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### Topic: Determining oxidation numbers  (Read 12854 times)

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#### 1c2h3e4m

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##### Determining oxidation numbers
« on: November 18, 2007, 05:33:24 PM »
I need some help with determining oxidation numbers for each atom of a compound.  I was reading the book and it didn't help much.  For example could someone explain the oxidation number for each atom of PBr5 and PBr3 and how you got it?

#### 1c2h3e4m

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##### Re: Determining oxidation numbers
« Reply #1 on: November 18, 2007, 06:53:23 PM »
any help plz?

#### agrobert

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##### Re: Determining oxidation numbers
« Reply #2 on: November 18, 2007, 08:47:57 PM »
Lets call phosphorous A (example) and Bromine X (halogen).  Halogens (X) when covalently bound to A have an oxidation state of -1.  The overall charge of AXn is neutral.  So oxidation states must balance.

If you have n = 3 in the instance of AX3 you have n * X (oxidation state) so 3 * -1 = -3.

To balance this you determine the oxidation state of A so that A (oxidation state) + (n * X (oxidation state)) = 0

So for AX3 A (oxidation state) = ?

and AX5 A (oxidation state) = ?

This is a generally understood topic which you should review in your book which has a lot to do with periodic trends.
In the realm of scientific observation, luck is only granted to those who are prepared. -Louis Pasteur

#### 1c2h3e4m

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##### Re: Determining oxidation numbers
« Reply #3 on: November 18, 2007, 09:10:22 PM »
Im not that great in chemistry and all those variables just confused me.  Like you said the one + the one must  = 0 (neutral)  i understand why they must be nuetral but how can u change an oxidation number to make it nuetral i thought they already had a number considering how many valence electrons they had how can you change it, i dunno if what im saying even makes sense but you can try to answer it.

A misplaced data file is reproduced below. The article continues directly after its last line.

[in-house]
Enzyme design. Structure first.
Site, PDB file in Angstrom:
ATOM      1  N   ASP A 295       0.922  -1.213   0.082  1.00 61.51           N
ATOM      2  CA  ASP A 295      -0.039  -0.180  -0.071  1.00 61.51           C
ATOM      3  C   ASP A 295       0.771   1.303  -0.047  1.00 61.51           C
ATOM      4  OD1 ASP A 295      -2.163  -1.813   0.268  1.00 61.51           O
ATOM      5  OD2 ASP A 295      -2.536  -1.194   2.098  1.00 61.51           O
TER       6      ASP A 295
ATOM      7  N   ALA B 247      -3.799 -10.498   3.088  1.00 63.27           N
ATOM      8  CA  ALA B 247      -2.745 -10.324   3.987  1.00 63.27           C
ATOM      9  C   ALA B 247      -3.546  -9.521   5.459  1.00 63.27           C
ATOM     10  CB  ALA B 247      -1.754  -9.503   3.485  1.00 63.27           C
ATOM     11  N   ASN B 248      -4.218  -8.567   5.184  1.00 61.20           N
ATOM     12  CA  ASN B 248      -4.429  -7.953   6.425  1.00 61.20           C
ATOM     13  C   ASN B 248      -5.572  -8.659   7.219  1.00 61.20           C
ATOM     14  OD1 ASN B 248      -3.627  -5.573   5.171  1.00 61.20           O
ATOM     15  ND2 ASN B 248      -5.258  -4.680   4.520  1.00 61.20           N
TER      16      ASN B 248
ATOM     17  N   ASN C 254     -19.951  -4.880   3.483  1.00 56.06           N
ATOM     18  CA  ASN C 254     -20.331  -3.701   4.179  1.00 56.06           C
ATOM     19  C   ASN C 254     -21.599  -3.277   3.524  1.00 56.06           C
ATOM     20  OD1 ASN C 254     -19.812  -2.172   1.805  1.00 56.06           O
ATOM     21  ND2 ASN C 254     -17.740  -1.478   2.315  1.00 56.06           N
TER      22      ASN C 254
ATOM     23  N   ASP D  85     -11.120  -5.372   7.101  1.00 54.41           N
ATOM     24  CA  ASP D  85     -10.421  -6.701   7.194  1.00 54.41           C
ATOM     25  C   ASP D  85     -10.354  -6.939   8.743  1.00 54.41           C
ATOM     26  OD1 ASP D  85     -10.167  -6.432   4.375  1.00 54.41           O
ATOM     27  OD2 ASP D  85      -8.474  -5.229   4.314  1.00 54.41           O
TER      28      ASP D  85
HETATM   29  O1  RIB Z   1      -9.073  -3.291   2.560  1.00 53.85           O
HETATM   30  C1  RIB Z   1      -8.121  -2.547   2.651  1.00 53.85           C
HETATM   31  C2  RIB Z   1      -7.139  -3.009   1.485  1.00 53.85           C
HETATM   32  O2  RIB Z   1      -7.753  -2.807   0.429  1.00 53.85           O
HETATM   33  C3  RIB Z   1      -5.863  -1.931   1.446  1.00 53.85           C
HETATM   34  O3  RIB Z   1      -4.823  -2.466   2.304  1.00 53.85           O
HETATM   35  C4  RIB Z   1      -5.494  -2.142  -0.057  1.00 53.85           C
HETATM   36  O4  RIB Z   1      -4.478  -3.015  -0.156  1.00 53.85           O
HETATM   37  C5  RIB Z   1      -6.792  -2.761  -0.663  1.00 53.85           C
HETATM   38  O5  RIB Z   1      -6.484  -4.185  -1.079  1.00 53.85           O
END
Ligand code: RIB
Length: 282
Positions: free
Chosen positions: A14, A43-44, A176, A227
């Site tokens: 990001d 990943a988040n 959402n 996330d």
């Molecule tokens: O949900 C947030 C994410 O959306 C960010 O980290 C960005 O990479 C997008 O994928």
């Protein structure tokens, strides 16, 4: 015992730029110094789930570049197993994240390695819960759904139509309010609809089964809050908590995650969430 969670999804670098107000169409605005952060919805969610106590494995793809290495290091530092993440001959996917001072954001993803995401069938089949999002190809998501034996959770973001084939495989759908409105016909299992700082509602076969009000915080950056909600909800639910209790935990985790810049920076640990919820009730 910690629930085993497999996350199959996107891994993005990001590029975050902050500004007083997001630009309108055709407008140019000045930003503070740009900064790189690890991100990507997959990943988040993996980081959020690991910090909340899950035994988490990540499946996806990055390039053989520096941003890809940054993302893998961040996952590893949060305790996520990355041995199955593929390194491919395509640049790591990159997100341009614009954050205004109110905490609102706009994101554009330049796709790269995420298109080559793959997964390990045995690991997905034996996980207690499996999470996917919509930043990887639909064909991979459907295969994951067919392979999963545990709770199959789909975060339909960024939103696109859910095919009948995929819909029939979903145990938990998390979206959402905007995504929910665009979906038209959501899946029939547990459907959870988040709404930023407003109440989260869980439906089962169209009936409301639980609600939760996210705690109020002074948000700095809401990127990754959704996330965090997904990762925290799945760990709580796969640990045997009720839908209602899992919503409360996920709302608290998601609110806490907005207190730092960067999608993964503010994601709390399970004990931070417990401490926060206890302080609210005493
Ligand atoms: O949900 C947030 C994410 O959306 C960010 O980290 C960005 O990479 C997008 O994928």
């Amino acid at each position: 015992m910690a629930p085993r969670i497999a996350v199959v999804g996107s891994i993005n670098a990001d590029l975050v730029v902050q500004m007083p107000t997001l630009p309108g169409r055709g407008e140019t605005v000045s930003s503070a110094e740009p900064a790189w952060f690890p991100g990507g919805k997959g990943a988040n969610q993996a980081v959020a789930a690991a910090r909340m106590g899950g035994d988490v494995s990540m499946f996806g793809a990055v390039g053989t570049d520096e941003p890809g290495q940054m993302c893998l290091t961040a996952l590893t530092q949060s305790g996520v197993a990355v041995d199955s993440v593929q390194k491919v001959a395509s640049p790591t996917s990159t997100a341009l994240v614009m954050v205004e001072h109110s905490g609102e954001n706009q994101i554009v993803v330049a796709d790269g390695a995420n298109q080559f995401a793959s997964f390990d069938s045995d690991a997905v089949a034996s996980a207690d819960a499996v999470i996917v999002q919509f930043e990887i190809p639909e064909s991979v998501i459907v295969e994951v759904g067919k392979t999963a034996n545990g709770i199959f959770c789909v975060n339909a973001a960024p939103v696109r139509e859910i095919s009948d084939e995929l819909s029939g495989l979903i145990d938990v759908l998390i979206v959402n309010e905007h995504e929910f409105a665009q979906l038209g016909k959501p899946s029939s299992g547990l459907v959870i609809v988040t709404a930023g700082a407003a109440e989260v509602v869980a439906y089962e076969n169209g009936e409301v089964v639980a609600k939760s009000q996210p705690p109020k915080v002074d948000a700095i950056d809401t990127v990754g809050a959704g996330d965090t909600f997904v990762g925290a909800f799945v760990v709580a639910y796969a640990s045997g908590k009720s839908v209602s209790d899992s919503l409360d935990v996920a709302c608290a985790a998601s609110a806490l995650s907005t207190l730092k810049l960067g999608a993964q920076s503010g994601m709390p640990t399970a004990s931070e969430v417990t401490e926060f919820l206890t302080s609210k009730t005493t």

#### agrobert

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##### Re: Determining oxidation numbers
« Reply #4 on: November 18, 2007, 09:43:45 PM »
Phosphorous and Sulfur can have expanded octets or hypervalency (the third period and below elements can be stabilized by accessing higher orbitals and orbital hybrids).  So the oxidation state for PBr3 P is +3 and for PBr5 P is +5.  If you are not satisfied with this answer read

http://en.wikipedia.org/wiki/Hypervalency

In the realm of scientific observation, luck is only granted to those who are prepared. -Louis Pasteur

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##### Re: Determining oxidation numbers
« Reply #5 on: November 18, 2007, 10:42:35 PM »

#### Borek

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##### Re: Determining oxidation numbers
« Reply #6 on: November 19, 2007, 03:05:28 AM »
And not forget:

http://www.chembuddy.com/?left=balancing-stoichiometry&right=oxidation-numbers-method

Some elements have ON assigned once and forever, some can have more then one ON.
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